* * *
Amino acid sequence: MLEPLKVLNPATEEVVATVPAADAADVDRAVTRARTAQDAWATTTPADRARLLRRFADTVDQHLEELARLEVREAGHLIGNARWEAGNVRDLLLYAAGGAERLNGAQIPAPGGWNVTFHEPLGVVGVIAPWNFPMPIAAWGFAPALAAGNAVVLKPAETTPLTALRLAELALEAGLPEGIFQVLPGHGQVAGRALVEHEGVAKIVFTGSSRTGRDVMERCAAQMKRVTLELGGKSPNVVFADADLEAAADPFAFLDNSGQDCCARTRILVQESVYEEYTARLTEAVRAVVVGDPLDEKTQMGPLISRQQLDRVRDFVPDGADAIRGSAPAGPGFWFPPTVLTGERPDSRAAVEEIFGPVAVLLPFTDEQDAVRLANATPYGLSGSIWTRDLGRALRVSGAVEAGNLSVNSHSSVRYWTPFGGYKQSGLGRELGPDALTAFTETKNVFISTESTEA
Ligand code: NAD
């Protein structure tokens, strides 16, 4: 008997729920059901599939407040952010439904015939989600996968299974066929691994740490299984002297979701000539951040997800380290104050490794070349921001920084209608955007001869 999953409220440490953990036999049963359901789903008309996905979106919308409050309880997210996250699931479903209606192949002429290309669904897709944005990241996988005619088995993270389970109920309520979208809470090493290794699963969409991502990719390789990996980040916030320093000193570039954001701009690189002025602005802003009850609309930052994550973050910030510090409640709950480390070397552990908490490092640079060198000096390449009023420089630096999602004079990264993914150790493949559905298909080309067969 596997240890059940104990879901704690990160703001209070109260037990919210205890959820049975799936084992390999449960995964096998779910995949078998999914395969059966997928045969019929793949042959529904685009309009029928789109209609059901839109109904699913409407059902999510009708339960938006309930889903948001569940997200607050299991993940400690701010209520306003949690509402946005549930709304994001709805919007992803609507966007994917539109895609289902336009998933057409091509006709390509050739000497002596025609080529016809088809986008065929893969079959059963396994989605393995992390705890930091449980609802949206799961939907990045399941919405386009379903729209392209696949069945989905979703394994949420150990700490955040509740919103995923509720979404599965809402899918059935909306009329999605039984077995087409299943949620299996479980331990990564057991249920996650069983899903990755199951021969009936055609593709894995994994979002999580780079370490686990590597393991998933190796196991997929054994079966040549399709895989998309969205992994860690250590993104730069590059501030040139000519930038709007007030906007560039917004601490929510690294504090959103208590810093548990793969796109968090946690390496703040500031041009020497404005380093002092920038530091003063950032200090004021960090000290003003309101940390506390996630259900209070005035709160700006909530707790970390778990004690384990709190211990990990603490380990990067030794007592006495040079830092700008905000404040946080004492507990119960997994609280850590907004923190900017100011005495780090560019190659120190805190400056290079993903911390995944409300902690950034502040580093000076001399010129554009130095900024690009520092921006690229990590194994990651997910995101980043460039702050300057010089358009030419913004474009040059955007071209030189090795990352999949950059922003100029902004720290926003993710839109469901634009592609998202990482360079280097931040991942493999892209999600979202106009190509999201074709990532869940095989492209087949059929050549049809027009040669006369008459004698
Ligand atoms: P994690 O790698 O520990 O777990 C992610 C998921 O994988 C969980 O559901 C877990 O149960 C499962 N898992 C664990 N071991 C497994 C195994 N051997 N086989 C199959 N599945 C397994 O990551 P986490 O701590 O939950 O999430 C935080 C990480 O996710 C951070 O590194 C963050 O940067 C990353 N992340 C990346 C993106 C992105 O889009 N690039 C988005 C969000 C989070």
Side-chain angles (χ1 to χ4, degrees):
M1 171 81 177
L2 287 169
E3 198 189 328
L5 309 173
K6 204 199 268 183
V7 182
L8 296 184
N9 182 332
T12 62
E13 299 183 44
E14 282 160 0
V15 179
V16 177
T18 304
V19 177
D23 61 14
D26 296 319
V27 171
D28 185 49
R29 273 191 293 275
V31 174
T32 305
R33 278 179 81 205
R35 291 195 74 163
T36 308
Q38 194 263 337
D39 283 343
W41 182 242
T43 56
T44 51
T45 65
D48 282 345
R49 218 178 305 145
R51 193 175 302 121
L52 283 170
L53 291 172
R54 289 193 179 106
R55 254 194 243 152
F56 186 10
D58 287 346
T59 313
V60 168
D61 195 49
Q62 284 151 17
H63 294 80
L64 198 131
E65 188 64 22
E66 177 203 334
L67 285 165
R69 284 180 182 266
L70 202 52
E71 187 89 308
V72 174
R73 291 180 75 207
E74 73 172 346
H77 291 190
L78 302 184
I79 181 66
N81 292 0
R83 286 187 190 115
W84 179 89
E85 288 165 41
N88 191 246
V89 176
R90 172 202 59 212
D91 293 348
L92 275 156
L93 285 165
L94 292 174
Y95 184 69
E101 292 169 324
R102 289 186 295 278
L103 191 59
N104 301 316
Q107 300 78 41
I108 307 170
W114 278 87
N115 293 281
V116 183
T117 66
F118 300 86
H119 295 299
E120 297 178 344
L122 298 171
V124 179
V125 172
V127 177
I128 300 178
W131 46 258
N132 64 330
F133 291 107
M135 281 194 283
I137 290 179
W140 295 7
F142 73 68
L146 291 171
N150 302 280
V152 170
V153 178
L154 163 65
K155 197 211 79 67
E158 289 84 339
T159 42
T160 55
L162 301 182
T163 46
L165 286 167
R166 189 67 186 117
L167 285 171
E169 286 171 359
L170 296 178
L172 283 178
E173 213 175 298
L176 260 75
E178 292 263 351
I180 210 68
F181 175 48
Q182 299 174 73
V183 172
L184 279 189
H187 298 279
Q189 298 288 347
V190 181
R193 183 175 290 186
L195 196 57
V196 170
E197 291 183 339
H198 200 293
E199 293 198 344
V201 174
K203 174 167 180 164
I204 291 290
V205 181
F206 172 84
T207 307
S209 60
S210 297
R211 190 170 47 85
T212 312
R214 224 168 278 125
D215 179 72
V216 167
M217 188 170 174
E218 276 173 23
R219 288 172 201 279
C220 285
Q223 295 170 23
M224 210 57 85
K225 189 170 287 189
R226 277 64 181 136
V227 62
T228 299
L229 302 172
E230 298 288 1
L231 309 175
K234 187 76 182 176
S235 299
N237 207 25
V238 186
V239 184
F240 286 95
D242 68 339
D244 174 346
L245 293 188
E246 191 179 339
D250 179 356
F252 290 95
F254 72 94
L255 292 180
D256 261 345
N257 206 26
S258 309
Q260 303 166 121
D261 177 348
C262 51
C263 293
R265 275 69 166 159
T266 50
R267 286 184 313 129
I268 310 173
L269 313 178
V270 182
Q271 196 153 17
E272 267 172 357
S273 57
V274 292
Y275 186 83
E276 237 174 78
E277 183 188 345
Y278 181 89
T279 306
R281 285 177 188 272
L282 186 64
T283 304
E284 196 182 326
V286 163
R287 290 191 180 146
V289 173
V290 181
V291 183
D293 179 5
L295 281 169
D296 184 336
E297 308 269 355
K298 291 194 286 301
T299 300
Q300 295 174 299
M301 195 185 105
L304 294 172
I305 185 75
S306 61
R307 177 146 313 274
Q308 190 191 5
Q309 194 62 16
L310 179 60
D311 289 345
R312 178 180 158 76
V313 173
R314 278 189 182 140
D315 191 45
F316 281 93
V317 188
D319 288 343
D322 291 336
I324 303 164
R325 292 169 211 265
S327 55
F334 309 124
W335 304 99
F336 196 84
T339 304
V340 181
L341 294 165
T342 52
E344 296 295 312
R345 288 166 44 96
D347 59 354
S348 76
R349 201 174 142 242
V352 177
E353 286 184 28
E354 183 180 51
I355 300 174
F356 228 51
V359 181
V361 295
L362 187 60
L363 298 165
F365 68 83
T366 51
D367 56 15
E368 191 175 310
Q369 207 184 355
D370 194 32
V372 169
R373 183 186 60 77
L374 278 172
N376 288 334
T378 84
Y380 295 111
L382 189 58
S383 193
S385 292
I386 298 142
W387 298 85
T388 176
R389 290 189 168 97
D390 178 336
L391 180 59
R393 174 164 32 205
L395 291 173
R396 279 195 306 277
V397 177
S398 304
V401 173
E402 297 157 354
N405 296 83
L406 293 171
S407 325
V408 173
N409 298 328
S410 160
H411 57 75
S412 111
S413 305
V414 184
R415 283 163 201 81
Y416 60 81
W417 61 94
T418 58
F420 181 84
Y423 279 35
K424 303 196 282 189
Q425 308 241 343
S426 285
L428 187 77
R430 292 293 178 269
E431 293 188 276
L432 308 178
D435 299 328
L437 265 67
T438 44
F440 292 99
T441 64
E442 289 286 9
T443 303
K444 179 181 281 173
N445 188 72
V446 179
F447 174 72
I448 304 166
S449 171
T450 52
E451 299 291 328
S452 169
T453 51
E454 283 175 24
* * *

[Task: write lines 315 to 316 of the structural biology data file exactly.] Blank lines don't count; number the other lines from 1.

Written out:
F447 174 72
I448 304 166